[time-nuts] 1 PPS from Z3801A Does it need conditioning.
eb at telight.com
Wed Sep 21 21:17:31 UTC 2011
If you have a definite ground-loop problem, you can reduce the
sensitivity to direct triggering on it with the counter settings, but
that doesn't necessarily eliminate the interfering signal or its
possible effects - if it happens just at the right time on one of the
desired edges it will still add errors to the information. It may be
worth first fixing the ground loop by maximizing sensitivity to it,
in order to see and track down the source, and find an effective solution.
First try securely tying the chassis grounds of all the equipment,
and make sure they all feed from the same line circuit - as close
together as possible. Each piece of modern equipment typically has a
line filter with caps from the lines to chassis. Any line transients,
regardless of the source, will pass a signal through the caps that
ends up being distributed through the ground system, so keeping the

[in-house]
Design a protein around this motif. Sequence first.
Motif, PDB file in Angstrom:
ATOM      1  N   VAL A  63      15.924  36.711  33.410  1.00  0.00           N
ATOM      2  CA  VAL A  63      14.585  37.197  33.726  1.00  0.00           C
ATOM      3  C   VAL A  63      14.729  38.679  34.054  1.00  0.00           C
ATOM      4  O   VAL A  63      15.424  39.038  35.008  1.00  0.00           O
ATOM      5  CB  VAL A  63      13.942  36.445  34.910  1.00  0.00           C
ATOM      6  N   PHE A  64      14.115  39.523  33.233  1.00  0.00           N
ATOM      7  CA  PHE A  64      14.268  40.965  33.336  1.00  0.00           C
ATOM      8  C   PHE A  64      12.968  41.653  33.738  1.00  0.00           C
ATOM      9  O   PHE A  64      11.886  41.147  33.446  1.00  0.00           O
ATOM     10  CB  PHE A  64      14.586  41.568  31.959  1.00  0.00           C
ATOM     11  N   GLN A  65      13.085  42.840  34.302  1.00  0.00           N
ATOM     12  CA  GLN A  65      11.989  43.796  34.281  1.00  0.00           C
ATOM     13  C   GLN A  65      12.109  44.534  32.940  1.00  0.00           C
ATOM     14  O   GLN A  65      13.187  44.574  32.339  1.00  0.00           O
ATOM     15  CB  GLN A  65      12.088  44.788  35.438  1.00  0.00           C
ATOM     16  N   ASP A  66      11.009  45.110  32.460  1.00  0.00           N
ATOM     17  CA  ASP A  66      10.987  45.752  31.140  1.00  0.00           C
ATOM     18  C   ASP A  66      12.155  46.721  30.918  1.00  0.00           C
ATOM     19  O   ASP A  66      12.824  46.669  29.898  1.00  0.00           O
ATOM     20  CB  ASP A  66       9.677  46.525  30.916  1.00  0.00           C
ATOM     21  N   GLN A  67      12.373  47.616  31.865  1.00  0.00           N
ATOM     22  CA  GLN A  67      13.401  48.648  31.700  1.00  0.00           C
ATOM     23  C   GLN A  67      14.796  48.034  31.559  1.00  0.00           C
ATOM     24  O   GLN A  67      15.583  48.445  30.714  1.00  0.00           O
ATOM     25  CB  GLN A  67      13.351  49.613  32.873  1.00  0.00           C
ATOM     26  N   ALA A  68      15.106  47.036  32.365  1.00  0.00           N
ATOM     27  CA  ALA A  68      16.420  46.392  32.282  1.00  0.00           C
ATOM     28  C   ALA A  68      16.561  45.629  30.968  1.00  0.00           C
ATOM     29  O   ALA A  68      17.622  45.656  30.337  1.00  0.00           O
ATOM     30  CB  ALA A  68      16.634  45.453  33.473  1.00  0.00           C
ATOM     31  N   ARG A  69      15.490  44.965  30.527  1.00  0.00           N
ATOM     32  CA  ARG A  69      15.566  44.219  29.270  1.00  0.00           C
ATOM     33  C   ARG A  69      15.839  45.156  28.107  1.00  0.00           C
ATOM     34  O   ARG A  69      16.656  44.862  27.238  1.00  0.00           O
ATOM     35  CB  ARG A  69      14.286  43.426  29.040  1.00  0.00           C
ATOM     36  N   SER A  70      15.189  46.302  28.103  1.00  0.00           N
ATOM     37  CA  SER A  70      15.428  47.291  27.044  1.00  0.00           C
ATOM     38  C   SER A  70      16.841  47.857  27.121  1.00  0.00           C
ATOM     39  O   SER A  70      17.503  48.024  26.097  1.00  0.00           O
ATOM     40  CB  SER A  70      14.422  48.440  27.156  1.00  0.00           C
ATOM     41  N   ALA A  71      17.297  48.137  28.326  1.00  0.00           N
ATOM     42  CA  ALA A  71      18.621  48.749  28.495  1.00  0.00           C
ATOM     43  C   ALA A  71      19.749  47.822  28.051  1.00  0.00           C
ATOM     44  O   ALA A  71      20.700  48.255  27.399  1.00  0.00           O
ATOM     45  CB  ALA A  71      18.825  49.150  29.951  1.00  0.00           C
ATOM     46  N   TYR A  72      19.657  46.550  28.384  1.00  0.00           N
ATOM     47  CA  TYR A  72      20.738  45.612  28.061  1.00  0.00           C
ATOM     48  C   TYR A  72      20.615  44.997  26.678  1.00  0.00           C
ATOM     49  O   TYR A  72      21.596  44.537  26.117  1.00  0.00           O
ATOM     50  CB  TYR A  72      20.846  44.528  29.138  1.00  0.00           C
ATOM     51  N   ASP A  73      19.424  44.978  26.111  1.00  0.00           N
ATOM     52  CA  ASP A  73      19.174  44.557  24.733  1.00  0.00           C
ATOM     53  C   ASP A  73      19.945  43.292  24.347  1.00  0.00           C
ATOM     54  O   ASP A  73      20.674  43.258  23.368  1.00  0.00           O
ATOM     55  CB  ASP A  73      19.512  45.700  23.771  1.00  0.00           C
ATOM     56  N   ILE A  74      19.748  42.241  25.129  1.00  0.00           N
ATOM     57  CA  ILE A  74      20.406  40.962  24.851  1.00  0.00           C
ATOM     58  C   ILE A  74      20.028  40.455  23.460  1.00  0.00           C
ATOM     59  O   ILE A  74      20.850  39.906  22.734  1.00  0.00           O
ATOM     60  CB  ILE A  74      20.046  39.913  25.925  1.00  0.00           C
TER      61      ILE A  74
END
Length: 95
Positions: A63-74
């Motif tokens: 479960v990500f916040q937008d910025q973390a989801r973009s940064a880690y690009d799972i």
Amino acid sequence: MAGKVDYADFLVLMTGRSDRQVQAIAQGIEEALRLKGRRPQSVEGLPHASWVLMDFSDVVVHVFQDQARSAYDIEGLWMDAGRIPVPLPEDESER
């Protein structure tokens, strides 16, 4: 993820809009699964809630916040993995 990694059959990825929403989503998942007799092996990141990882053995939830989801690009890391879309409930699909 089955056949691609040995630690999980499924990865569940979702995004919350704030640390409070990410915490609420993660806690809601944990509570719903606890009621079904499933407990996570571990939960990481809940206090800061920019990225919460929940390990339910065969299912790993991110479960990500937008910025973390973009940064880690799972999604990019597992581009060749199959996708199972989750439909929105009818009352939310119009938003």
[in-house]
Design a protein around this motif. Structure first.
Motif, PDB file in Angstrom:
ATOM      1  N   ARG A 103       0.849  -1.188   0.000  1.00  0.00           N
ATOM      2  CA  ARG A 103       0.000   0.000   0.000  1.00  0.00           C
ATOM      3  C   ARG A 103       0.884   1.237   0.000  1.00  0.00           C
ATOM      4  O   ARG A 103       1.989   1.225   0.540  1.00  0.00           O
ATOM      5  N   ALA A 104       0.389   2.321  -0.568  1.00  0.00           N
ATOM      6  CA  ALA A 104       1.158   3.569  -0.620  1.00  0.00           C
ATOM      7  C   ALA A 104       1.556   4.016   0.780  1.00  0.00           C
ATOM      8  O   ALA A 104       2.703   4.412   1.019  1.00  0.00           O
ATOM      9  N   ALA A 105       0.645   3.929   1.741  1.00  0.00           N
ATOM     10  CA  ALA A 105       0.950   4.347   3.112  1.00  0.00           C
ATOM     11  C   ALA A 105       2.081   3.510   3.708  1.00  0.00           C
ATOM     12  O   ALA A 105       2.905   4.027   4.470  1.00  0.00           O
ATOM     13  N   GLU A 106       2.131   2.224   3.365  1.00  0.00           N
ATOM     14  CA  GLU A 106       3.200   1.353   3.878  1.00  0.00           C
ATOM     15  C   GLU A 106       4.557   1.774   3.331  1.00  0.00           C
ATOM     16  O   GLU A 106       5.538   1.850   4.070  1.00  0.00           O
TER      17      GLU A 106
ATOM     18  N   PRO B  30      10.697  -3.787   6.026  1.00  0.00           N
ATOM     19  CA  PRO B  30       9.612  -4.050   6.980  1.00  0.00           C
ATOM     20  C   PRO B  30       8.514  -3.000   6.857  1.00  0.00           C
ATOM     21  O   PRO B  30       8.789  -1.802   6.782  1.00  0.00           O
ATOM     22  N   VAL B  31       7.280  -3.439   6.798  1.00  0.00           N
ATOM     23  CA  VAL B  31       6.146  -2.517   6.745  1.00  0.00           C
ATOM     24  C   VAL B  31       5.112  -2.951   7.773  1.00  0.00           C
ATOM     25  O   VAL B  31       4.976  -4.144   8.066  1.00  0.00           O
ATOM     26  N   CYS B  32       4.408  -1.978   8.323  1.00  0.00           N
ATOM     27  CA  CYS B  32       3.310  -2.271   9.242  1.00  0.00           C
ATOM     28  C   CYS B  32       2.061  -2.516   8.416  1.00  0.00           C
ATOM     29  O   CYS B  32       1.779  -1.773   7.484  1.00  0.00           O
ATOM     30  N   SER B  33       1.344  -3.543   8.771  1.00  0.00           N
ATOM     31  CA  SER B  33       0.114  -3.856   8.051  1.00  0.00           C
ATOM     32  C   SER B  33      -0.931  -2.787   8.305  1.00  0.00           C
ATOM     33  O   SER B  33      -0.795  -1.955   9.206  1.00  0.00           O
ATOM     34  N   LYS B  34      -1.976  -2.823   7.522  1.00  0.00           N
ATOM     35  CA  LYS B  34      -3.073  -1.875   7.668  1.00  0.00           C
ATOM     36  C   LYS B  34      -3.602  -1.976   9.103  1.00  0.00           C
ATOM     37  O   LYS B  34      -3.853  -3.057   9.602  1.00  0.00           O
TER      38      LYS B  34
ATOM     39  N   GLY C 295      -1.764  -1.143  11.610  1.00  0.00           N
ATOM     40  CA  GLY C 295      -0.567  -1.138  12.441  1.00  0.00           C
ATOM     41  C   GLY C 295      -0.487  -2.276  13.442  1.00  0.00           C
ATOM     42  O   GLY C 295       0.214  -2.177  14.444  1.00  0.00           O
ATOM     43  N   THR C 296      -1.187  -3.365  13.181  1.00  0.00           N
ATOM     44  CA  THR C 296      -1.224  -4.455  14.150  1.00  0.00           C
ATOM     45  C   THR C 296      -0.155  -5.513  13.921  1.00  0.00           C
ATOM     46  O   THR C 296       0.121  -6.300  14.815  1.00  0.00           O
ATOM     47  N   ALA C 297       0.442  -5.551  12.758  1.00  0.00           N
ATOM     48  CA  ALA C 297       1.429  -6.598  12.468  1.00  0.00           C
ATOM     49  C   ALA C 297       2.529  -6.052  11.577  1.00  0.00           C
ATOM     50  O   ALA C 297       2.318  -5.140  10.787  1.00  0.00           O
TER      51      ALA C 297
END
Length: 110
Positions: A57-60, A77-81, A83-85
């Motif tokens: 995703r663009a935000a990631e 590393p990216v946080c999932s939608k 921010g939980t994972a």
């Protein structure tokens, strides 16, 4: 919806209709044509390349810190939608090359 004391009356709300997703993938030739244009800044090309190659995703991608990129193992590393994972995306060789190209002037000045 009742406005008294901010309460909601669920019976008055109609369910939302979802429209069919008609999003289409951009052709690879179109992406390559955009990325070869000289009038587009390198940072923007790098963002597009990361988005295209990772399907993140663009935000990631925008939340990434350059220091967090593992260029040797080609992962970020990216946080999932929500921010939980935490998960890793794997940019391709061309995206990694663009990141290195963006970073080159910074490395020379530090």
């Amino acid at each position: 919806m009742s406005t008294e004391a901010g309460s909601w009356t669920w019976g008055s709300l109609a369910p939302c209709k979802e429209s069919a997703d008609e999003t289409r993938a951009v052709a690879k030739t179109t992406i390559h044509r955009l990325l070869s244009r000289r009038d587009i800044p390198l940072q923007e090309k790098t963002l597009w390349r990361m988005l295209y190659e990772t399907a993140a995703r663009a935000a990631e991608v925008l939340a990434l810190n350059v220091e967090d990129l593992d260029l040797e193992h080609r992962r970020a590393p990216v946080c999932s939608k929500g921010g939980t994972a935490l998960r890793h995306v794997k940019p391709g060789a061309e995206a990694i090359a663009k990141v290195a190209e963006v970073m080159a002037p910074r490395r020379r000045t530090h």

chassis grounds tightly linked will minimize what ends up on the
signal cables. The lead inductance will limit the effectiveness, but
it's a start.
Once this is done, the next level is to try common-mode chokes in
various forms - ferrite "prayer beads," toroids, or split cores -
first on the signal lines, then on power cords, to steer the
undesired currents away from the signal interconnections. It can take
a lot of experimenting.
If that is all not enough, then consider going fully-differential,
and shielded, using impedance matched drivers and cable to best
preserve the edges. BTW, if you have any old analog scope carcasses
around, the delay lines inside make excellent differential
transmission cables which are very stable because they are fairly
stiff, using solid dielectric (usually polyethylene or PTFE). They
are not good for general purpose use, but great for temporary
experimental setups - once formed up and connected, they will barely
move. The Z is typically around 100 ohms differential, as I recall.
The typical DL is perhaps 50 feet long, so you can make a lot of
PS: one piece of equipment that I have found to be very noisy is the
common Weller type soldering iron station. They are always around in
the electronics lab, and typically running during experimenting and
building things. When the temperature control cycles off it makes
very large line transients. If you ever find a seemingly random line
surge noise problem in the lab, check your soldering stations first.
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